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Commonwealth of Massachusetts

NO. BD-2010-020

IN RE: KATHLEEN E. KILKENNY

S.J.C. Order of Term Suspension entered by Justice Gants on May 25, 2010, with an effective date of July 9, 2010.1
(S.J.C. Judgment of Reinstatement entered by Justice Gants on October 14, 2010.)

MEMORANDUM OF DECISION

At the direction of the Board of Bar Overseers (the Board), Bar Counsel has filed an information seeking disciplinary action against attorney Kathleen E. Kilkenny. Kilkenny, while she disagrees with the factual findings of the Hearing Panel that were adopted by the Board, concedes that the factual findings are adequately supported by the evidence and does not challenge them here, so the question before me is the appropriate disciplinary sanction for her misconduct. The Hearing Panel recommended that she be suspended from the practice of law for six months and one day; the Board recommended a public reprimand. I conclude that the appropriate disciplinary sanction for her misconduct is that she be suspended from the practice of law for three months.

The Board found that Kilkenny committed three acts of misconduct, all related to her divorce proceeding. First, she made handwritten suggested revisions to a letter to her husband's attorney drafted by her employer, William Hammett, which caused Hammett to revise an accurate description of her compensation arrangement with him (that they had a verbal agreement by which he would pay her, over and beyond her weekly draws, fifty percent of the net fees she generated) to an inaccurate description (that, apart from her weekly draws, she may receive bonuses in his discretion, and that there was no specific method of determining how much he would pay her in bonuses). Second, the financial statement she filed in her divorce action left blank the line where she was asked to state her gross yearly income in 2003. As a result, she failed to reveal that her gross income had increased from $55,302.58 in 2002 to $126,365.40 in 2003.2 Third, despite this material omission, when asked by the judge at the hearing in the Probate and Family Court on February 10, 2004, whether she had "accurately and completely" stated her income, expenses, assets, and liabilities on the financial statement, she answered under oath, "To the best of my knowledge, yes." When she was then asked whether she had "fully and completely disclosed [her] financial circumstances and resources to [her], husband," she again replied, "To the best of my knowledge, yes."3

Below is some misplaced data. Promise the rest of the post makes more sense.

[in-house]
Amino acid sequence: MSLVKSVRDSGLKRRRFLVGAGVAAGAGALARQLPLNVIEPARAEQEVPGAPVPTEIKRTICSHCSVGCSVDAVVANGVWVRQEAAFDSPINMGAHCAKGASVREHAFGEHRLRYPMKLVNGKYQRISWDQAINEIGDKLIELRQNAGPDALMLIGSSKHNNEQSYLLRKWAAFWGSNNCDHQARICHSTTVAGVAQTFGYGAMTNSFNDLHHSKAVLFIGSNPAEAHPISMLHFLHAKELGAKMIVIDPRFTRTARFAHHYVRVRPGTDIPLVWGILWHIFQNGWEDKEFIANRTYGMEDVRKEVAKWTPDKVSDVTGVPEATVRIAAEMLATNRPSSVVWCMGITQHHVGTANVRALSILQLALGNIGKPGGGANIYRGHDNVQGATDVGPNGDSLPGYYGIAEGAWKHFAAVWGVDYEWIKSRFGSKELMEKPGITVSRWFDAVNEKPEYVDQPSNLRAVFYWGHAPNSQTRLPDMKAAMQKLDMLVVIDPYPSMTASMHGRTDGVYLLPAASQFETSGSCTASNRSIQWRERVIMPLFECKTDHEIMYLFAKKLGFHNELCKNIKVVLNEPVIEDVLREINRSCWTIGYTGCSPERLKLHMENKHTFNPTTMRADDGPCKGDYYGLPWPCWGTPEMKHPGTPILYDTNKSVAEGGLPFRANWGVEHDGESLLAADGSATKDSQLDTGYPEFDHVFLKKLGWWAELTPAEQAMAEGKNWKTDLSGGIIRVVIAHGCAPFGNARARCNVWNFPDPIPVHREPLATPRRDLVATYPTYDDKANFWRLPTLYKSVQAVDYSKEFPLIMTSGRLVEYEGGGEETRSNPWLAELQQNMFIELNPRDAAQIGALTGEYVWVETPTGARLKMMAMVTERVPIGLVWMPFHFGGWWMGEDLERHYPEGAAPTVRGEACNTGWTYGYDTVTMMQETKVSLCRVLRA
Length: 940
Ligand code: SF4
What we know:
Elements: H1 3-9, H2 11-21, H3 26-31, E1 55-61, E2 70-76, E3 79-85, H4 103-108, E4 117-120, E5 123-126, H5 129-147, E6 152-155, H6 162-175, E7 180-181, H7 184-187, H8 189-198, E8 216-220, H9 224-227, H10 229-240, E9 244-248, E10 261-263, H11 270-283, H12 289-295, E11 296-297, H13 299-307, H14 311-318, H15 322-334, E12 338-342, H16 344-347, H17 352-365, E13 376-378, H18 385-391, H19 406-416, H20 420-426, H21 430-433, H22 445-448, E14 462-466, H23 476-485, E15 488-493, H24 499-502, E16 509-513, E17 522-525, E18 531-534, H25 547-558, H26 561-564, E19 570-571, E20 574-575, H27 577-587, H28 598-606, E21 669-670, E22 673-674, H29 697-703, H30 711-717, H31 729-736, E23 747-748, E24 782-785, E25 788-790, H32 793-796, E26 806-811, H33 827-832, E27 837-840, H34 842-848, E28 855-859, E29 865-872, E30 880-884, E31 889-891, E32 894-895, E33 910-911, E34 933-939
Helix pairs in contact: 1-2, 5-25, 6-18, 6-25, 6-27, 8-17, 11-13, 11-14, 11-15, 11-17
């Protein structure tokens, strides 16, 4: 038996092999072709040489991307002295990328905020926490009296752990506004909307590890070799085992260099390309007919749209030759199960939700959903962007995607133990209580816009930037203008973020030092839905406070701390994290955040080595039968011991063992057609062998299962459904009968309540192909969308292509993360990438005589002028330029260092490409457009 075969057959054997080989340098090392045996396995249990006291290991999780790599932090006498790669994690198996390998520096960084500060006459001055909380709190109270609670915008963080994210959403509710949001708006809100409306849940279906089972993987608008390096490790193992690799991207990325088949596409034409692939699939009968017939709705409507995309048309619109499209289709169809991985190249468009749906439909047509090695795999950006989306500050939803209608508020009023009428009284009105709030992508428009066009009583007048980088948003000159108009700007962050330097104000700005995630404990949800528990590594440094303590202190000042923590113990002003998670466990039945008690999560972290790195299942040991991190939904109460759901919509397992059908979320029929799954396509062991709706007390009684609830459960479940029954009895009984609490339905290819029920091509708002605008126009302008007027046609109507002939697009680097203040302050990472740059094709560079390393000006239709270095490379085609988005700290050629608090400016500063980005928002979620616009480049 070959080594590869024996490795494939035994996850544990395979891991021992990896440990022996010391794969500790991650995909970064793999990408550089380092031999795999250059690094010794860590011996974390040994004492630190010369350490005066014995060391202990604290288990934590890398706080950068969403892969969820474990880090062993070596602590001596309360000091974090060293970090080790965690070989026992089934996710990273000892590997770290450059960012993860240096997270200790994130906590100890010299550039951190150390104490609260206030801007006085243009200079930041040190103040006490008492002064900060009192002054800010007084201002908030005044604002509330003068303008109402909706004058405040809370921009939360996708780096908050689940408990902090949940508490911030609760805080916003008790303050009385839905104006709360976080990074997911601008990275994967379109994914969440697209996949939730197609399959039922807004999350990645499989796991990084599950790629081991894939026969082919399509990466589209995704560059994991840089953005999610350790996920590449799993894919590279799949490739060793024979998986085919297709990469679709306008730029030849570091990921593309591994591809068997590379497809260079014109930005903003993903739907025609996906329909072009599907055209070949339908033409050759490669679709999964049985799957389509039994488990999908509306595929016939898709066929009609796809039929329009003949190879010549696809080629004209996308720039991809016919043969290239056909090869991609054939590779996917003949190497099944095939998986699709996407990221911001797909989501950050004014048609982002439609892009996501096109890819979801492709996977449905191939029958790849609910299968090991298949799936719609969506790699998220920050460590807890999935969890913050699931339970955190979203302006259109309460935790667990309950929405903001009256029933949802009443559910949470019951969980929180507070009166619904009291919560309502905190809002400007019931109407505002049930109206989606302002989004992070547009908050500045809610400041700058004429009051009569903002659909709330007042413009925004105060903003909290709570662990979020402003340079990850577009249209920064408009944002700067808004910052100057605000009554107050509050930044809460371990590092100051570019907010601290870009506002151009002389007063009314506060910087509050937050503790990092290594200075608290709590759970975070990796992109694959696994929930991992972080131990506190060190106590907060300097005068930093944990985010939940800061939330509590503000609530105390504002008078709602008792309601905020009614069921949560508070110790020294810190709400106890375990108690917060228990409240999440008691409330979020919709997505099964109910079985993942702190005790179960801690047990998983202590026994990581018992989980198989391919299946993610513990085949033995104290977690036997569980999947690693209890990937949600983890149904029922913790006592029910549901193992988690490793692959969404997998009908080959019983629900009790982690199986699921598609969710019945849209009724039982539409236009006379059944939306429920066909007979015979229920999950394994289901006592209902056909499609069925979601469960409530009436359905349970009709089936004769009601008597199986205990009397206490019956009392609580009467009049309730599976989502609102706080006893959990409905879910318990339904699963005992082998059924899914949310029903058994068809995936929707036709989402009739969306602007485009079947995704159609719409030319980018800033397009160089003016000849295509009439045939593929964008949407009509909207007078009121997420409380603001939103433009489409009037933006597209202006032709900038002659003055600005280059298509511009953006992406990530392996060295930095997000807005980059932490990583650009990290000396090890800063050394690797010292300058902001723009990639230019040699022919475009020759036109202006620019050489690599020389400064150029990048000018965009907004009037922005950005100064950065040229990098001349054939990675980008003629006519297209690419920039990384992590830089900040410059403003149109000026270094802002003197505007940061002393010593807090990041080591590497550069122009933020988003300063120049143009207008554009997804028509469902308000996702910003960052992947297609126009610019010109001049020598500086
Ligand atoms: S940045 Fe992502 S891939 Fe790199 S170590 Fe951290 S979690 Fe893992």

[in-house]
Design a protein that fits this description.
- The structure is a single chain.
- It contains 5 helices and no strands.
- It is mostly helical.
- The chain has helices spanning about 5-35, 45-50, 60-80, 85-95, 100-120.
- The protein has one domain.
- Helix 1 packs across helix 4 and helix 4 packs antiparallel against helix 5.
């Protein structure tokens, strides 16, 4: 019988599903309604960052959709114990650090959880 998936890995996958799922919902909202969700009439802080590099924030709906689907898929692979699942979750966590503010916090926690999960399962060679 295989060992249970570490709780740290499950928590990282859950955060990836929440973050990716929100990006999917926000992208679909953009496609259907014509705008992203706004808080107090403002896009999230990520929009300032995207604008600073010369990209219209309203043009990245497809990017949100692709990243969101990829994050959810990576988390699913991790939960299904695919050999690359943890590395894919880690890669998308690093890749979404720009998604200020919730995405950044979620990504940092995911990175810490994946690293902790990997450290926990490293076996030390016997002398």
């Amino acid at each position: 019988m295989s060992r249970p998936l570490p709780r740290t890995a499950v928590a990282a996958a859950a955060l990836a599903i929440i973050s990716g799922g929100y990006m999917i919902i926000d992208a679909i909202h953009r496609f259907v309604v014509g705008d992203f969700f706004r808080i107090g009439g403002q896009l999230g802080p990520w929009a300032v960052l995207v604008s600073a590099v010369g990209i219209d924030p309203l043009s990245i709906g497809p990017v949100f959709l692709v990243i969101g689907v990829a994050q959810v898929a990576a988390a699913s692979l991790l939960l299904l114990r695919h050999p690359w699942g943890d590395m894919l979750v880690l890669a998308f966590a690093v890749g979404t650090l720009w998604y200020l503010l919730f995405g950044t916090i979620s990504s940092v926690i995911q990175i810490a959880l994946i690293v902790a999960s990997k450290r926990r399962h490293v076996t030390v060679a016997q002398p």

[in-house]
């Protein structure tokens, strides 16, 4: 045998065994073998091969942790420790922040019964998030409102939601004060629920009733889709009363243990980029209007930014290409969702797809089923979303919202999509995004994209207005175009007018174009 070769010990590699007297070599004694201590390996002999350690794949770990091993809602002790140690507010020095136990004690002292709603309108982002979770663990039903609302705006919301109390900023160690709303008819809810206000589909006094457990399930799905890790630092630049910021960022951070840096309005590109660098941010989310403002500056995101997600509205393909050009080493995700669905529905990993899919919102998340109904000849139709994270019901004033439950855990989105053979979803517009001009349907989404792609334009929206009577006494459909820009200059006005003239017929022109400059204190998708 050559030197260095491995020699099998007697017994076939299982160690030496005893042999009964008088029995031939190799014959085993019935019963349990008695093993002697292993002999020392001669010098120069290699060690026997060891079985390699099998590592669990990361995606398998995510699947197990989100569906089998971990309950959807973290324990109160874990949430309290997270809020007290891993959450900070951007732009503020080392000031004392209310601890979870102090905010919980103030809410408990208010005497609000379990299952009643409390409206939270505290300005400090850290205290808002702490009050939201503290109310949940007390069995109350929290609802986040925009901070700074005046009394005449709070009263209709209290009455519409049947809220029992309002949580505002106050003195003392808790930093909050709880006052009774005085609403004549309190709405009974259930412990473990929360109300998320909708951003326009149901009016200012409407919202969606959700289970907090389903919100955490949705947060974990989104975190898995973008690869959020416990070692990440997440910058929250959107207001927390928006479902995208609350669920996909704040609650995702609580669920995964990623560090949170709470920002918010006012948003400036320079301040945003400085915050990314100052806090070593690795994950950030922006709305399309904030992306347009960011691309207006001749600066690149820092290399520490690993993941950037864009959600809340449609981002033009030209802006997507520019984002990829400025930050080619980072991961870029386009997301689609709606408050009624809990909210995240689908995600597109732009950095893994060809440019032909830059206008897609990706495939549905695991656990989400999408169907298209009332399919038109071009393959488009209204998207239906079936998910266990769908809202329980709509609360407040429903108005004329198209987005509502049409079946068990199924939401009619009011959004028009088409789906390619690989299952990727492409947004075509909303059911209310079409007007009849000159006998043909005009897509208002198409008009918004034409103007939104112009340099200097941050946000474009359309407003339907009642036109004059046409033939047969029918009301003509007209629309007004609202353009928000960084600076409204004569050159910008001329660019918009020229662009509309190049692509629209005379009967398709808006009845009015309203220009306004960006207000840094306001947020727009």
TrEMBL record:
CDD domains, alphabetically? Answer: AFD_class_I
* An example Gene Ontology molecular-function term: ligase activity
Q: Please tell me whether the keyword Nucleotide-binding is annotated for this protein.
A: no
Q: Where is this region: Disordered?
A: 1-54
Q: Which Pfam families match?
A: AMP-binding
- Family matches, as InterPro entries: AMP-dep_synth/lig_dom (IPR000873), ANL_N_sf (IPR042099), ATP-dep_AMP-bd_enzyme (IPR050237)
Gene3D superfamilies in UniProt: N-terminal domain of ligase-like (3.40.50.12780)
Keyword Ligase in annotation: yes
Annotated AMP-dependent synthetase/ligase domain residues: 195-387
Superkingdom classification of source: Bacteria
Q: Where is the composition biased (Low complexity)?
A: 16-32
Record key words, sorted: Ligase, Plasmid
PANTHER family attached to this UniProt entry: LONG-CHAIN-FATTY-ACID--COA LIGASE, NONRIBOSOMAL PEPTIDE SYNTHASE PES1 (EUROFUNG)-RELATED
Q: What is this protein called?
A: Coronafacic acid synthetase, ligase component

While the Board's recommendation is entitled to substantial deference, a public reprimand is insufficient where, as here, an attorney misrepresented her assets to the Probate and Family Court during a contested divorce proceeding. See Matter of Finnerty, 418 Mass. 821., 830 ( 1994). "An effective judicial system depends on the honesty and integrity of lawyers who appear in their tribunals.". Id. at 829.

"When deciding what sanction is appropriate we look to the discipline imposed in comparable cases." Matter of Angwafo. 453 Mass. 28, 37 (2009). The misrepresentation of assets to the Probate and Family Court here is less egregious than in Matter of Finnerty, where we ordered a six month suspension, and does not have the compelling mitigating circumstances present in Matter of Angwafo, where we ordered a one month suspension. I conclude that a misrepresentation of assets to a court by an attorney, even where the attorney is acting as a client and not an attorney, warrants a suspension from the practice of law, and that the appropriate balance between the seriousness of the conduct and the mitigating circumstances in this case is a three months suspension from the practice of law.

Therefore, an order shall issue forthwith suspending Kilkenny from the practice of law for three months.


FOOTNOTES:

1 The complete Order of the Court is available by contacting the Clerk of the Supreme Judicial Court for Suffolk County.

2 The Board, found that her attorney in the divorce action chose not to disclose her 2003 annual gross income on the financial statement because he was concerned about the accuracy of the spreadsheet that showed the income she received in 2003. While this mitigates the omission, the fact remains that the omission had the effect of concealing from her husband that her gross income had more than doubled in 2003.

3 When then asked whether there was any doubt in her mind, she answered, "No."



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